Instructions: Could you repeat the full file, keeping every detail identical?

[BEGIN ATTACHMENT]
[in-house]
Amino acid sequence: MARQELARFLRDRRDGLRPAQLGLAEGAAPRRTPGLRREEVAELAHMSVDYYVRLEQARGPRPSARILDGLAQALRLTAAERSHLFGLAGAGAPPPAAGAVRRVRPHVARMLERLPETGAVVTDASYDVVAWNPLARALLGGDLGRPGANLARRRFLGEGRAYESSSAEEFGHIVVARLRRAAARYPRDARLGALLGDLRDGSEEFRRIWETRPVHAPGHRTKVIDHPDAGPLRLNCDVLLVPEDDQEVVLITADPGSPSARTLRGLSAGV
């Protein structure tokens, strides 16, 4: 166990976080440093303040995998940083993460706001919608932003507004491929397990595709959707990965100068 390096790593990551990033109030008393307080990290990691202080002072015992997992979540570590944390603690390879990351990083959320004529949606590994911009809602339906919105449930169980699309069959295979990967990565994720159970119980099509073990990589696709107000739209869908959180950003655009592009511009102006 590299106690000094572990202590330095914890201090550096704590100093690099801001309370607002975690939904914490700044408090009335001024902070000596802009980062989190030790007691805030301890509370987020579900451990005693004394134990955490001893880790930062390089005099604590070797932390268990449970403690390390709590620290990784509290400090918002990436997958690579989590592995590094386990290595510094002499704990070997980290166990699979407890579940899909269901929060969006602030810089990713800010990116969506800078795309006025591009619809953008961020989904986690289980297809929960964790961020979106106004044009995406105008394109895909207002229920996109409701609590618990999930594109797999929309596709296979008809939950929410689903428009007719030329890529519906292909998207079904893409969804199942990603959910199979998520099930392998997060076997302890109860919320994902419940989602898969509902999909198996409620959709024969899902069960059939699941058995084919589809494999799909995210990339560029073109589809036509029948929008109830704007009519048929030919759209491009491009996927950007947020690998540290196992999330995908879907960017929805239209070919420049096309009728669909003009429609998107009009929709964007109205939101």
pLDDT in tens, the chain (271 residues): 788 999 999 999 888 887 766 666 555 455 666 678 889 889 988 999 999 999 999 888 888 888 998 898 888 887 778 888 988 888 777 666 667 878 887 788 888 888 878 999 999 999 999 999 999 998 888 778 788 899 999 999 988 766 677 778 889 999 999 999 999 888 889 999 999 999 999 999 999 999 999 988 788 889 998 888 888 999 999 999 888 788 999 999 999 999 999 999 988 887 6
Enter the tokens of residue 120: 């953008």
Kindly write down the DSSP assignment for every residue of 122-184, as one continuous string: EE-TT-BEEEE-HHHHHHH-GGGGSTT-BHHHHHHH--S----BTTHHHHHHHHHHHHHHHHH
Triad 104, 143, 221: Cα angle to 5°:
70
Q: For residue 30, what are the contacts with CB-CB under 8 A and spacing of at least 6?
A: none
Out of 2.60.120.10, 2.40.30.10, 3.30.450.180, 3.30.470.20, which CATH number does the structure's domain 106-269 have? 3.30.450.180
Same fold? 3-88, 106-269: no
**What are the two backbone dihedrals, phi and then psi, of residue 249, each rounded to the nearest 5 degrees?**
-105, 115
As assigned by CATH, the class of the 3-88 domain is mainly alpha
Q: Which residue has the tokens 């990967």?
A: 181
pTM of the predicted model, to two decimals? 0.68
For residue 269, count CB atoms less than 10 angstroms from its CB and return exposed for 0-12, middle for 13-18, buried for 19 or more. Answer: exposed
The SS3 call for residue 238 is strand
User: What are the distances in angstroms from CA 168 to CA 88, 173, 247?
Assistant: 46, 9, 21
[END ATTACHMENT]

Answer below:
[in-house]
Amino acid sequence: MARQELARFLRDRRDGLRPAQLGLAEGAAPRRTPGLRREEVAELAHMSVDYYVRLEQARGPRPSARILDGLAQALRLTAAERSHLFGLAGAGAPPPAAGAVRRVRPHVARMLERLPETGAVVTDASYDVVAWNPLARALLGGDLGRPGANLARRRFLGEGRAYESSSAEEFGHIVVARLRRAAARYPRDARLGALLGDLRDGSEEFRRIWETRPVHAPGHRTKVIDHPDAGPLRLNCDVLLVPEDDQEVVLITADPGSPSARTLRGLSAGV
């Protein structure tokens, strides 16, 4: 166990976080440093303040995998940083993460706001919608932003507004491929397990595709959707990965100068 390096790593990551990033109030008393307080990290990691202080002072015992997992979540570590944390603690390879990351990083959320004529949606590994911009809602339906919105449930169980699309069959295979990967990565994720159970119980099509073990990589696709107000739209869908959180950003655009592009511009102006 590299106690000094572990202590330095914890201090550096704590100093690099801001309370607002975690939904914490700044408090009335001024902070000596802009980062989190030790007691805030301890509370987020579900451990005693004394134990955490001893880790930062390089005099604590070797932390268990449970403690390390709590620290990784509290400090918002990436997958690579989590592995590094386990290595510094002499704990070997980290166990699979407890579940899909269901929060969006602030810089990713800010990116969506800078795309006025591009619809953008961020989904986690289980297809929960964790961020979106106004044009995406105008394109895909207002229920996109409701609590618990999930594109797999929309596709296979008809939950929410689903428009007719030329890529519906292909998207079904893409969804199942990603959910199979998520099930392998997060076997302890109860919320994902419940989602898969509902999909198996409620959709024969899902069960059939699941058995084919589809494999799909995210990339560029073109589809036509029948929008109830704007009519048929030919759209491009491009996927950007947020690998540290196992999330995908879907960017929805239209070919420049096309009728669909003009429609998107009009929709964007109205939101």
pLDDT in tens, the chain (271 residues): 788 999 999 999 888 887 766 666 555 455 666 678 889 889 988 999 999 999 999 888 888 888 998 898 888 887 778 888 988 888 777 666 667 878 887 788 888 888 878 999 999 999 999 999 999 998 888 778 788 899 999 999 988 766 677 778 889 999 999 999 999 888 889 999 999 999 999 999 999 999 999 988 788 889 998 888 888 999 999 999 888 788 999 999 999 999 999 999 988 887 6
Enter the tokens of residue 120: 């953008």
Kindly write down the DSSP assignment for every residue of 122-184, as one continuous string: EE-TT-BEEEE-HHHHHHH-GGGGSTT-BHHHHHHH--S----BTTHHHHHHHHHHHHHHHHH
Triad 104, 143, 221: Cα angle to 5°:
70
Q: For residue 30, what are the contacts with CB-CB under 8 A and spacing of at least 6?
A: none
Out of 2.60.120.10, 2.40.30.10, 3.30.450.180, 3.30.470.20, which CATH number does the structure's domain 106-269 have? 3.30.450.180
Same fold? 3-88, 106-269: no
**What are the two backbone dihedrals, phi and then psi, of residue 249, each rounded to the nearest 5 degrees?**
-105, 115
As assigned by CATH, the class of the 3-88 domain is mainly alpha
Q: Which residue has the tokens 């990967």?
A: 181
pTM of the predicted model, to two decimals? 0.68
For residue 269, count CB atoms less than 10 angstroms from its CB and return exposed for 0-12, middle for 13-18, buried for 19 or more. Answer: exposed
The SS3 call for residue 238 is strand
User: What are the distances in angstroms from CA 168 to CA 88, 173, 247?
Assistant: 46, 9, 21